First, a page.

Quah is also currently facing court charges over the Communications and Multimedia Act concerning a Facebook post last year.
An activist has filed a constitutional challenge against the government for punishing offenders over a law which criminalises offensive online comments.
Heidy Quah Gaik Li, who filed the suit last week, is seeking an order that the words “offensive” and “annoy” in Section 233 of the Communications and Multimedia Act be invalidated for being unconstitutional.
An online case management will be held at the Shah Alam High Court on Sept 14.
Under Section 233(1)(a), a person who makes, creates or solicits, and initiates the transmission of any online comment which is “obscene, indecent, false, menacing or offensive” with “intent to annoy, abuse, threaten or harass another person” commits an offence.
Those found guilty could be fined up to RM50,000, or face a maximum one-year jail term or both.
She is currently facing court charges over the same law concerning a Facebook post last year on alleged mistreatment of refugees at Immigration detention centres.
Last month she claimed trial before the Kuala Lumpur Sessions Court to a charge of improper use of network facilities to upload an offensive statement at around 5.30am on June 5, 2020.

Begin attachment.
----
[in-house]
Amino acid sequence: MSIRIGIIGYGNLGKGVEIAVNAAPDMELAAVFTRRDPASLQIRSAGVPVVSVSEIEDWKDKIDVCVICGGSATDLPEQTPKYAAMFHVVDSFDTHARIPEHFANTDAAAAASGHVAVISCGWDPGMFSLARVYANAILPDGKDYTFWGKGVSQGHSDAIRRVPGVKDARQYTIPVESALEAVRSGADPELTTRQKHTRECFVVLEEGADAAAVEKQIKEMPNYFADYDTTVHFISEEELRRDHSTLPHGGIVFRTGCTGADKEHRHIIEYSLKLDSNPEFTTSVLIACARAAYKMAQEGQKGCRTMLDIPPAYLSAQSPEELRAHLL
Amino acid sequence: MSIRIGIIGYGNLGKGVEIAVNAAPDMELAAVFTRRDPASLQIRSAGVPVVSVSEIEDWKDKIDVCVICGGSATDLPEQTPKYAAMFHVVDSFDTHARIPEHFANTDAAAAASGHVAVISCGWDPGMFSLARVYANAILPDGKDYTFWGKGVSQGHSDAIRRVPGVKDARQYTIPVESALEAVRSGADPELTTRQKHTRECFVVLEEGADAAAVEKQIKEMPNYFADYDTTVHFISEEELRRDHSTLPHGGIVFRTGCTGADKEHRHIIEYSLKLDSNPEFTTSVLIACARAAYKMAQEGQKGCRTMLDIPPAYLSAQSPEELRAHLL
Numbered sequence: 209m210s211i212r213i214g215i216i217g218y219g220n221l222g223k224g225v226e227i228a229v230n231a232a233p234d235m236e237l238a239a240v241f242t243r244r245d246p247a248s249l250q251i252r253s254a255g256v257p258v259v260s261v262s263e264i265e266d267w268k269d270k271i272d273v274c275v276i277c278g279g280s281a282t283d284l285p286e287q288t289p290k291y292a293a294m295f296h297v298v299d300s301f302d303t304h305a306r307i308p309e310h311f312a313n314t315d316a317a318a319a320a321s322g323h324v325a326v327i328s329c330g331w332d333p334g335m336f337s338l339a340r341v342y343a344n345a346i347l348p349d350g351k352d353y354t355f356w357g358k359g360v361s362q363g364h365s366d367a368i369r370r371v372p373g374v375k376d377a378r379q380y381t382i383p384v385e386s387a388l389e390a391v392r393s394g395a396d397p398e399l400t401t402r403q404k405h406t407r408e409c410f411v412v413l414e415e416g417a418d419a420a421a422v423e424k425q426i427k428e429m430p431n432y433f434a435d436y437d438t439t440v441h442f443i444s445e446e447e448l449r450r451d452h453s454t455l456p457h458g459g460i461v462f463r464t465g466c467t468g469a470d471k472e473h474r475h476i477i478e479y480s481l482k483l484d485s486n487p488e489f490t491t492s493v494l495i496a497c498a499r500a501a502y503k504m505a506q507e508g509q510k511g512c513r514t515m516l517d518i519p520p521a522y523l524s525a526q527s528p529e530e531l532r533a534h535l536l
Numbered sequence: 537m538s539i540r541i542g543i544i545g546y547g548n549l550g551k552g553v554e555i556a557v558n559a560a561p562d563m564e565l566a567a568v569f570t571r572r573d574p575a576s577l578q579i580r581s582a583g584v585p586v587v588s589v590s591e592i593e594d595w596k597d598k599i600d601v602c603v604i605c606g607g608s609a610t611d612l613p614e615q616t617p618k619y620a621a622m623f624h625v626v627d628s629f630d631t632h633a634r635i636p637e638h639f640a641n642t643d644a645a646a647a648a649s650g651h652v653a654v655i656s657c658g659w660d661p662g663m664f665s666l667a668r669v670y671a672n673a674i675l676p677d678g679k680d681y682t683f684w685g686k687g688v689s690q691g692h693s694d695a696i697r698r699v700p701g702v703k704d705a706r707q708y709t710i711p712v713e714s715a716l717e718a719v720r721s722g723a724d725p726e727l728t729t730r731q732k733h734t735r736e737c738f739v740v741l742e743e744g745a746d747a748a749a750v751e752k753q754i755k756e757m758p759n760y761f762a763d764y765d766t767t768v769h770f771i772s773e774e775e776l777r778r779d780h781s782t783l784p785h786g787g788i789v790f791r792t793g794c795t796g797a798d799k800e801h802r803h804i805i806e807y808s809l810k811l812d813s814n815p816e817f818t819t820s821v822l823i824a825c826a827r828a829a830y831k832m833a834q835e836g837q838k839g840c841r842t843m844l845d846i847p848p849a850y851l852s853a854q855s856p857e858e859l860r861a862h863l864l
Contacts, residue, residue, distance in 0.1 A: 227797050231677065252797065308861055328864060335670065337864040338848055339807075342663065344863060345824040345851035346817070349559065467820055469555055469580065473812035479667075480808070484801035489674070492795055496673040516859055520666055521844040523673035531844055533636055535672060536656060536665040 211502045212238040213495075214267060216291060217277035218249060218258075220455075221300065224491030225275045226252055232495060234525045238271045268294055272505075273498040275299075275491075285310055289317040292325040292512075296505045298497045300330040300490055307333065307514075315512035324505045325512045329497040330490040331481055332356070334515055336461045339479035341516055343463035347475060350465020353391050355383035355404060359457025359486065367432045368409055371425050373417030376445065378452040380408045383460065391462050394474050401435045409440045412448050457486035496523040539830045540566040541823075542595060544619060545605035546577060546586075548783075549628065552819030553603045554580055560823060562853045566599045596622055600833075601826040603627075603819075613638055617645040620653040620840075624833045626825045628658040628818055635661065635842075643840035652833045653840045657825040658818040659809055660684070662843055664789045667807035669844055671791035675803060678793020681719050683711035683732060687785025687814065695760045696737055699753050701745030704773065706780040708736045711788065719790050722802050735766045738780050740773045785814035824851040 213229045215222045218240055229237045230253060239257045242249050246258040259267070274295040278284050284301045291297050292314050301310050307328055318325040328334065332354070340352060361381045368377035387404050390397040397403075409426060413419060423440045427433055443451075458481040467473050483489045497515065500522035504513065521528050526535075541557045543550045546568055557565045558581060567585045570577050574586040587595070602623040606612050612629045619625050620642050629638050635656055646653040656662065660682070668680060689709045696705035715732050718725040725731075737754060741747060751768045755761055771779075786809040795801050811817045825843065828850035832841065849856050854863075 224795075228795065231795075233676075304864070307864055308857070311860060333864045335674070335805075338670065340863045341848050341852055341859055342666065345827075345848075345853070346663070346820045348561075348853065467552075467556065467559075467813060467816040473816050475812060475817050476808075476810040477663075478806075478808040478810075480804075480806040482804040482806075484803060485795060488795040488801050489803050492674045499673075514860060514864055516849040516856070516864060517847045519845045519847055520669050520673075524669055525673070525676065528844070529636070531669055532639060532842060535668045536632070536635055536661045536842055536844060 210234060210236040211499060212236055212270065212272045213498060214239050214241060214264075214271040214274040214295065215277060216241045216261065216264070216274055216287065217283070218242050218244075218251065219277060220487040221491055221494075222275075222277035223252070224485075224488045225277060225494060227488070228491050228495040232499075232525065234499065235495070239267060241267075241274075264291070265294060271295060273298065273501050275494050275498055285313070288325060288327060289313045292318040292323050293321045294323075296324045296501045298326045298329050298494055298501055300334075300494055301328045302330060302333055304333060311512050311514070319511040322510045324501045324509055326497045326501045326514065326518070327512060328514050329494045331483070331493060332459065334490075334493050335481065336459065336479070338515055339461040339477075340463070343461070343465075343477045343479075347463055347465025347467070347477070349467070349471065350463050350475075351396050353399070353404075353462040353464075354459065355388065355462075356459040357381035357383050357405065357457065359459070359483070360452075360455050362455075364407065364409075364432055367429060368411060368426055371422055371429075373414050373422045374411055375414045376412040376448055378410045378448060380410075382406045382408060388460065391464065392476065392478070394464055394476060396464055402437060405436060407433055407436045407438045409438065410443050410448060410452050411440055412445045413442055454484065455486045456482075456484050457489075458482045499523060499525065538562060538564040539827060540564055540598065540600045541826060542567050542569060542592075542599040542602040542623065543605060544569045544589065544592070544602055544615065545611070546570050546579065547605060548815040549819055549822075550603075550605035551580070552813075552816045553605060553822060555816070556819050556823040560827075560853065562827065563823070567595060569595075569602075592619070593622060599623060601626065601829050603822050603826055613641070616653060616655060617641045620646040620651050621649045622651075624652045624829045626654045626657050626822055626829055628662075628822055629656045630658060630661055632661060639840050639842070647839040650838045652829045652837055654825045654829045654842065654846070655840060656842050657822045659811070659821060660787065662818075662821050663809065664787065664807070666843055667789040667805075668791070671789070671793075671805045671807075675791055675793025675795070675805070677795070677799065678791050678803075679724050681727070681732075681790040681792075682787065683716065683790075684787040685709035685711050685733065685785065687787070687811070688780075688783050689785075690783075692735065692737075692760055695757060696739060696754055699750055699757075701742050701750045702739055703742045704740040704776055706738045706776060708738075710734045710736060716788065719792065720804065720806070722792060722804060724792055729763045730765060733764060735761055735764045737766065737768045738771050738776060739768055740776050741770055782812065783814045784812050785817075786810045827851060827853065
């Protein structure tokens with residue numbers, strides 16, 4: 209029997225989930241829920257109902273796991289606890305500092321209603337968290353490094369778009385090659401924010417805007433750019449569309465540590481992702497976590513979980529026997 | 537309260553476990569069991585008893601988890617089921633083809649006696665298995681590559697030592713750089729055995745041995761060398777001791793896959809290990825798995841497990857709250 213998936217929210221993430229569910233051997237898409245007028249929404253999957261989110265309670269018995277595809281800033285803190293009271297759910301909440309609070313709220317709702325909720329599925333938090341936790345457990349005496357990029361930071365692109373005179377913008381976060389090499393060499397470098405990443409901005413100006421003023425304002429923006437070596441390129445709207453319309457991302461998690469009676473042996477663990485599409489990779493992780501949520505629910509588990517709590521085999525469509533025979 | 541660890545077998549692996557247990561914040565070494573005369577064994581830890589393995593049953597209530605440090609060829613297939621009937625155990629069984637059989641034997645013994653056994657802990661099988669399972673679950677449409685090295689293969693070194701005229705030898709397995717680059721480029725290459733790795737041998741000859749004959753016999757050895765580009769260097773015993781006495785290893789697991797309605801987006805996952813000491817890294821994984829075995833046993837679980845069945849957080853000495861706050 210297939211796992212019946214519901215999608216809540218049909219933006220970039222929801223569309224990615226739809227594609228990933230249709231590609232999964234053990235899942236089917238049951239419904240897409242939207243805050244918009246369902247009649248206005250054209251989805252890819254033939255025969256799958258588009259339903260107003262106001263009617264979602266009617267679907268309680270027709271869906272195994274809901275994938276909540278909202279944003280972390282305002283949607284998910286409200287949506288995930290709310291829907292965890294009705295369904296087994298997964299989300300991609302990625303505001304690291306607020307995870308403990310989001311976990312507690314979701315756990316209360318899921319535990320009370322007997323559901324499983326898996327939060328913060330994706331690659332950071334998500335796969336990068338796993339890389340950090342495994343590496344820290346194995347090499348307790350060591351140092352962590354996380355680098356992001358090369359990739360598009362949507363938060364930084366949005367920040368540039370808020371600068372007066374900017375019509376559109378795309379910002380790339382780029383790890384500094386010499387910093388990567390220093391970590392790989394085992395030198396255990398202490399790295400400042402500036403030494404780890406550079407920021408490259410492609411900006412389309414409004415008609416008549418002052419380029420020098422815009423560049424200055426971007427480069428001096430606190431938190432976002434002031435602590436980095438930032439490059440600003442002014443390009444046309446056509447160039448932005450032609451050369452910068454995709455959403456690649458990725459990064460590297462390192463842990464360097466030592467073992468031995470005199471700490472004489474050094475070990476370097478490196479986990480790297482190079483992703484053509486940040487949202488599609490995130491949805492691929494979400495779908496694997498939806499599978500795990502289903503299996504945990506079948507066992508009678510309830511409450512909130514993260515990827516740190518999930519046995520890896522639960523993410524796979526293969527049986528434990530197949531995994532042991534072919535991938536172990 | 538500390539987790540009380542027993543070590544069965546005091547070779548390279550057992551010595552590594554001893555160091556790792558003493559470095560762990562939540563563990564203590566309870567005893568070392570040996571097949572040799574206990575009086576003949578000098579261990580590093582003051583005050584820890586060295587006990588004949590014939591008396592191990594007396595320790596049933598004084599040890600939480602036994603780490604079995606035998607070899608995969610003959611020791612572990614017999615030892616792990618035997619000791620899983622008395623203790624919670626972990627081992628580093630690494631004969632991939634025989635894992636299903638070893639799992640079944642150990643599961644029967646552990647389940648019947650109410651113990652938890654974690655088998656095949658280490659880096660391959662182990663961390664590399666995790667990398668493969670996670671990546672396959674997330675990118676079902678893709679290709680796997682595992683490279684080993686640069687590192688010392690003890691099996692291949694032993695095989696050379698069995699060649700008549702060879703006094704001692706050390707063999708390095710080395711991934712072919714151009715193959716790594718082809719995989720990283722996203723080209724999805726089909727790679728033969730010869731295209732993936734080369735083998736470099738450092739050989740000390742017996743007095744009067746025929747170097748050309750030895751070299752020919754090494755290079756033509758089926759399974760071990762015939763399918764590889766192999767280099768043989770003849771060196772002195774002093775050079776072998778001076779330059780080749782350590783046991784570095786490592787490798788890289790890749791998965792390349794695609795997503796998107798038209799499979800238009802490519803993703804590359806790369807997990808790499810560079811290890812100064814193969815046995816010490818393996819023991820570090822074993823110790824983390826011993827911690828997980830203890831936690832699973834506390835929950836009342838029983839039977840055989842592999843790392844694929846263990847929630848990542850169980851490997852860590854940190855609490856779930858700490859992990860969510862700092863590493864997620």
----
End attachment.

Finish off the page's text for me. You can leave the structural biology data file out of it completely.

According to Section 233(3) of the Act, she faces a maximum fine of RM50,000, or jail time of not more than a year, or both, if found guilty.
Quah’s hearing on those charges was set for mention at the KL Sessions Court, while her civil lawsuit is scheduled for online case management at the High Court in Shah Alam on Sept 14.
Court papers revealed that Quah is taking the position that Section 233, which makes online offensive content a crime, is not a “restriction” under Article 10(2)(a) of the Federal Constitution but is a “prohibition”.
Article 10(1) of the Federal Constitution guarantees all citizens the right to freedom of speech and expression.
However, Article 10(2)(a) allows Parliament to impose “restrictions” on grounds of national security, public order or morality, to protect parliamentary privileges, or to provide against contempt of court, defamation or incitement to any offence.